Methods: Retrospective analysis of FIGO stage IV epithelial ovarian cancer diagnosed between 2008 and 2012 in three gynaecologic oncology centres in New Zealand.

Results: 124 patients were analysed, 58 had pleural effusions, 38 parenchymal metastases, and 28 extra-abdominal lymph nodes. There was no significant difference in overall survival between these three groups. The most common site of first or any recurrence in all three groups was the abdomen with only a small number of recurrences arising in extra-abdominal sites. When looking at treatment modality, 13% had primary debulking surgery, 47% had neoadjuvant chemotherapy with interval debulking surgery, and 40% never had surgery. Overall survival was highest in patients with no residual abdominal disease after surgery.

Conclusion: The site of extra-abdominal disease did not alter prognosis or pattern of disease recurrence in stage IV epithelial ovarian cancer, with most recurrences in the abdomen suggesting controlling abdominal disease with surgery may be important in all stage IV disease.
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http://dx.doi.org/10.1016/j.ygyno.2017.05.023DOI Listing
August 2017

Surgery and Obstetric Care are Highly Cost-Effective Interventions in a Sub-Saharan African District Hospital: A Three-Month Single-Institution Study of Surgical Costs and Outcomes.

World J Surg 2016 Jan;40(1):14-20

Background: The Lancet recently sponsored a commission examining the role of surgery in global health. There is a paucity of published information on the cost-effectiveness of surgery in low- and middle-income countries, a key metric in the prioritisation of limited resources.

Methods: All patients undergoing emergency laparotomy, elective and emergency inguinal hernia repair, elective and emergency caesarean section, amputation, fracture manipulation, or fracture fixation over a 3 months period in a single district African hospital were assessed. World Health Organisation global burden of disease (GBD) methodology was used to calculate the disability-adjusted life years (DALYs) saved for each patient (using global and local life expectancy). Fully loaded costs were calculated for each patient’s care and providing the overall surgical service. Cost-effectiveness was calculated in year 2012 US$ per DALY saved for each procedure and overall.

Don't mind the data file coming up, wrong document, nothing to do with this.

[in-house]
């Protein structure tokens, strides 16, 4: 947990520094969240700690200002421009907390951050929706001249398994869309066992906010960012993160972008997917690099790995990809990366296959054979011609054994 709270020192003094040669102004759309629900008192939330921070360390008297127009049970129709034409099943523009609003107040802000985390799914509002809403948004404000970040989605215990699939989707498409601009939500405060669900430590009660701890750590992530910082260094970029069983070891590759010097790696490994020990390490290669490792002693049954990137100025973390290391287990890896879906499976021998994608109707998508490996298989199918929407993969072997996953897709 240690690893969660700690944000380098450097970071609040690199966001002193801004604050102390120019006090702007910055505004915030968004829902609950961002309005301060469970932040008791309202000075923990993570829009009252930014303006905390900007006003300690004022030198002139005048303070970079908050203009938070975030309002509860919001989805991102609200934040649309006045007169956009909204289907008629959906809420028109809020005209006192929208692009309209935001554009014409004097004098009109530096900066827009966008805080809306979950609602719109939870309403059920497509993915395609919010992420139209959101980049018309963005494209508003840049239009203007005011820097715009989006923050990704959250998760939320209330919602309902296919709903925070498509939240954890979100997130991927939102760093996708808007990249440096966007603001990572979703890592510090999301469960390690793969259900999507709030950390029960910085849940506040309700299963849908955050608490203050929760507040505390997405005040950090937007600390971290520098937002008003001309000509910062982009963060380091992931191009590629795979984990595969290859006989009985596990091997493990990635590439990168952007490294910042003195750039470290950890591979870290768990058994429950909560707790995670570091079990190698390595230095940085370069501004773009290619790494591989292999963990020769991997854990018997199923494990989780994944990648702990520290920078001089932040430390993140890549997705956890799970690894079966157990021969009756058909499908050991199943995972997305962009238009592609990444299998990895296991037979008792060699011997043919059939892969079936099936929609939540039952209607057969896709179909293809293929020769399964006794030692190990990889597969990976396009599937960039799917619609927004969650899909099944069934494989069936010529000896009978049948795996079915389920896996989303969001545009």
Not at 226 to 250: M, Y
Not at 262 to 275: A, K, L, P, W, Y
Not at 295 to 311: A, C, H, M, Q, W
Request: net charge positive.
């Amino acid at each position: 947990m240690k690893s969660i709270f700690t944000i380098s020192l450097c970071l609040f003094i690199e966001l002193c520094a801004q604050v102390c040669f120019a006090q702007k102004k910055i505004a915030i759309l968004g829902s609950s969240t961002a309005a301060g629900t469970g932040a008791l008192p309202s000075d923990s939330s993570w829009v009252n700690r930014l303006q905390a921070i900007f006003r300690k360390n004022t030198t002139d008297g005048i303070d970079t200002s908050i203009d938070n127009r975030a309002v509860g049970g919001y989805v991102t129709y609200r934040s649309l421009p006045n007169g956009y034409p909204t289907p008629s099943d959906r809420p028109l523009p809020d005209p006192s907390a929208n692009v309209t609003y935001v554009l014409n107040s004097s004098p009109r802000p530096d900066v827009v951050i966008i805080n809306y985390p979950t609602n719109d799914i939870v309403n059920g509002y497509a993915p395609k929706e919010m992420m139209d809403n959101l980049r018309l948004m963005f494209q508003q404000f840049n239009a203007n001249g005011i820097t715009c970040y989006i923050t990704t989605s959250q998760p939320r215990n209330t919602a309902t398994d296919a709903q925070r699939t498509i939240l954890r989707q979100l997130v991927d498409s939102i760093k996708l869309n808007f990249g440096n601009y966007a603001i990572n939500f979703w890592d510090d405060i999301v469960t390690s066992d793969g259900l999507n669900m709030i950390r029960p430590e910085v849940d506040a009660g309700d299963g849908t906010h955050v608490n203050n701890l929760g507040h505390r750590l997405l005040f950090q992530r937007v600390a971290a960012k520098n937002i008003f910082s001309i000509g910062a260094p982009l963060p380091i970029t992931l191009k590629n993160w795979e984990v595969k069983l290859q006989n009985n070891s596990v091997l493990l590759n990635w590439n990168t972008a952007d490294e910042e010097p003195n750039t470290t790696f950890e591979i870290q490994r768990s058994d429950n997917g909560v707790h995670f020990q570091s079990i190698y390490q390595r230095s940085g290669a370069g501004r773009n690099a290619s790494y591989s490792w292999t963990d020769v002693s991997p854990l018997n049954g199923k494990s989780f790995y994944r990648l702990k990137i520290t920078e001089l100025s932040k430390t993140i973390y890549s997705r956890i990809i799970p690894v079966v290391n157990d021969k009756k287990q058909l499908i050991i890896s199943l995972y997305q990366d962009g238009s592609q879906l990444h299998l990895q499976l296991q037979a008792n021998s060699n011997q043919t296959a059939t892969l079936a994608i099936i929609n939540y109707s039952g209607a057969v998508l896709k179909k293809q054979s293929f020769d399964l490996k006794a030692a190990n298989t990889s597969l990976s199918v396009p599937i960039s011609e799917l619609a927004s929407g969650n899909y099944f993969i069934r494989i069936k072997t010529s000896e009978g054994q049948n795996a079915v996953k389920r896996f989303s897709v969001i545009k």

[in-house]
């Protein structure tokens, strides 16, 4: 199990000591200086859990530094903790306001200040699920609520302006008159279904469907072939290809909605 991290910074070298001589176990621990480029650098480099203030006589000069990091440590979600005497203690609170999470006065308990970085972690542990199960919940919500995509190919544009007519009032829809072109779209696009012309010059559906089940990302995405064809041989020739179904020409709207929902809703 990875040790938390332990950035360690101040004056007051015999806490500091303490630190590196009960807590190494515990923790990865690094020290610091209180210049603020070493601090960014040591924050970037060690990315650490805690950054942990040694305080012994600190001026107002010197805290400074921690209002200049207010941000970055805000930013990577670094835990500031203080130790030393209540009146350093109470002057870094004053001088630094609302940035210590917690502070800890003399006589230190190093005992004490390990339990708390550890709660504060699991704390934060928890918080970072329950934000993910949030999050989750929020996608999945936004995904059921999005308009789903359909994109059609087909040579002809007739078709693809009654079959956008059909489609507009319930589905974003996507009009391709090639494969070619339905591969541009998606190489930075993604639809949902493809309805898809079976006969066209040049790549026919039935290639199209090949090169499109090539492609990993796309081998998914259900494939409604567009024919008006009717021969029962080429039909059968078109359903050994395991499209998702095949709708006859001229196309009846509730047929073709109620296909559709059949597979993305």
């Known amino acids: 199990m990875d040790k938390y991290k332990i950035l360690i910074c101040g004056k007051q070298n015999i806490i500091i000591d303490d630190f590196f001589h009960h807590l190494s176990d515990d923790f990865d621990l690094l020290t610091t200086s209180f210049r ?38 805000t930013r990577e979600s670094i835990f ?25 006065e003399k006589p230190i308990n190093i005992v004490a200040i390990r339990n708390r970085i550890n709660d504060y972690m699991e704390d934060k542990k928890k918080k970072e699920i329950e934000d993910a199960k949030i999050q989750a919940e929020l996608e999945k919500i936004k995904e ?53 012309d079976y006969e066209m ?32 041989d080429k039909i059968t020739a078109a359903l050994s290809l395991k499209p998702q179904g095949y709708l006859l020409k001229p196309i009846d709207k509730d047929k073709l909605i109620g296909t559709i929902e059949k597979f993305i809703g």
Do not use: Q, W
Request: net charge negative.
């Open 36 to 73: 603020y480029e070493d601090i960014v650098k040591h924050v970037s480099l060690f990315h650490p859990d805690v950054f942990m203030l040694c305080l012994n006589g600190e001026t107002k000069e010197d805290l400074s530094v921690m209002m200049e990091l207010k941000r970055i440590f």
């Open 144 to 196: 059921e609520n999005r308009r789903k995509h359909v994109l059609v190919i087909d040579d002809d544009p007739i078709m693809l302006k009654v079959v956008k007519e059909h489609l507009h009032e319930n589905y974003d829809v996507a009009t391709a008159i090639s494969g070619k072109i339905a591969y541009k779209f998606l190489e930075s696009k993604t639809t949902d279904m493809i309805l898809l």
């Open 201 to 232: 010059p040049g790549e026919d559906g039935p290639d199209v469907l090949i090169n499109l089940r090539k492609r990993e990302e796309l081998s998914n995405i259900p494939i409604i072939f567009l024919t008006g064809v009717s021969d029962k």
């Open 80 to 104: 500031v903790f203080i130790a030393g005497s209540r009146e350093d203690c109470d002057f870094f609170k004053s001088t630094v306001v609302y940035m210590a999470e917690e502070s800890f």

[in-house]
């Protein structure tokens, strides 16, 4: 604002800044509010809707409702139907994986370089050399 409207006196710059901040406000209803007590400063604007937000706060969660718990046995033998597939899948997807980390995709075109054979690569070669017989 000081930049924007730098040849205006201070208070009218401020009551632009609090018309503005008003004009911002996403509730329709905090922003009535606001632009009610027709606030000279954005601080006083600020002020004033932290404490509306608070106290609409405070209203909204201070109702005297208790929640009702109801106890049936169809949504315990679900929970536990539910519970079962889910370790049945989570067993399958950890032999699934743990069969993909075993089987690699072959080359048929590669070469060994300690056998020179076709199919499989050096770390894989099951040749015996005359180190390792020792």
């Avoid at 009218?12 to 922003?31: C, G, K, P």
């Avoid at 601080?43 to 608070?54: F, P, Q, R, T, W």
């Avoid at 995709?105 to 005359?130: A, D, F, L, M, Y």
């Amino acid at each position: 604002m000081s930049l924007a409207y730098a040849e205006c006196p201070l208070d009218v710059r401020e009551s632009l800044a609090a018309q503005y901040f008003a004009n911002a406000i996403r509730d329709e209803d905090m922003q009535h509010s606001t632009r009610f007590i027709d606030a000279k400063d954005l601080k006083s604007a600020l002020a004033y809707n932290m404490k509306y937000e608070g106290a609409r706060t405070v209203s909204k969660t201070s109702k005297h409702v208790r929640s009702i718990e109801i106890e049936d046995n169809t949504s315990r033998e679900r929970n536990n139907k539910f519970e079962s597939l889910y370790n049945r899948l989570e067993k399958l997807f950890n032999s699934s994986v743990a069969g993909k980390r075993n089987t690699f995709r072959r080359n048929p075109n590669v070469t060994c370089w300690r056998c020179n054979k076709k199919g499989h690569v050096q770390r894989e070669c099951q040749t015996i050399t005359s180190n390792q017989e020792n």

Results: A total of 428 patients were included, with an overall cost-effectiveness of $10.70 per DALY averted. The cost-effectiveness of individual procedures (global life expectancy) was: Amputation—$17.66; Emergency caesarean section—$7.42; Elective caesarean section—$20.50; Emergency laparotomy—$8.62; Elective hernia repair—$15.26; Emergency hernia repair—$4.36; Fracture/dislocation reduction—$69.03; Fracture/dislocation fixation—$225.89.

Conclusions: Surgery is a highly cost-effective healthcare measure in the setting of an African district hospital. The presented outcomes demonstrate that surgery is on a par with better-recognised and funded interventions such as HIV anti-retrovirals, malaria prevention and diarrhoea treatment. There are recognised limitations with the GBD methodology used here; however, this remains the best way to investigate the cost-effectiveness of health interventions. This study provides useful information on an, at present, under-studied field.
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http://dx.doi.org/10.1007/s00268-015-3271-6DOI Listing
January 2016

Perianal abscess in children: aiming for optimal management.

ANZ J Surg 2012 Jan-Feb;82(1-2):60-2. Epub 2012 Jan 9.

Department of Paediatric Surgery, Christchurch Hospital, Christchurch, New Zealand.

Background: Perianal abscess is common in infants and children, yet the optimal surgical management is argued: incision and drainage alone is a simple procedure but is associated with a much higher recurrence rate than incision and drainage with simultaneous laying open of the associated fistula. This retrospective review established the institutional recurrence rate and its close association with how the fistula was managed at the initial operation.

Methods: A retrospective review of all children requiring an operation for a perianal abscess over a 13-year period from 1996 to 2009 was performed. Data were compared with published series.

Results: A fistula was sought in 89 of 91 (98%) patients, and identified in 66 (73%). Recurrence occurred in 5/66 (8%) in whom a fistula was identified at the initial operation, compared with 6/25 (24%) (P = 0.06) in whom a fistula was not identified.

Conclusion: Recurrence of perianal infection is influenced by whether a fistula was identified and laid open at the initial operation. The recurrence rate is higher when the abscess is treated with incision and drainage alone. Given the ease with which most fistulae may be identified, and laid open without morbidity, optimal treatment involves drainage of the abscess and laying open of the fistulous tract.
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http://dx.doi.org/10.1111/j.1445-2197.2011.05941.xDOI Listing
August 2012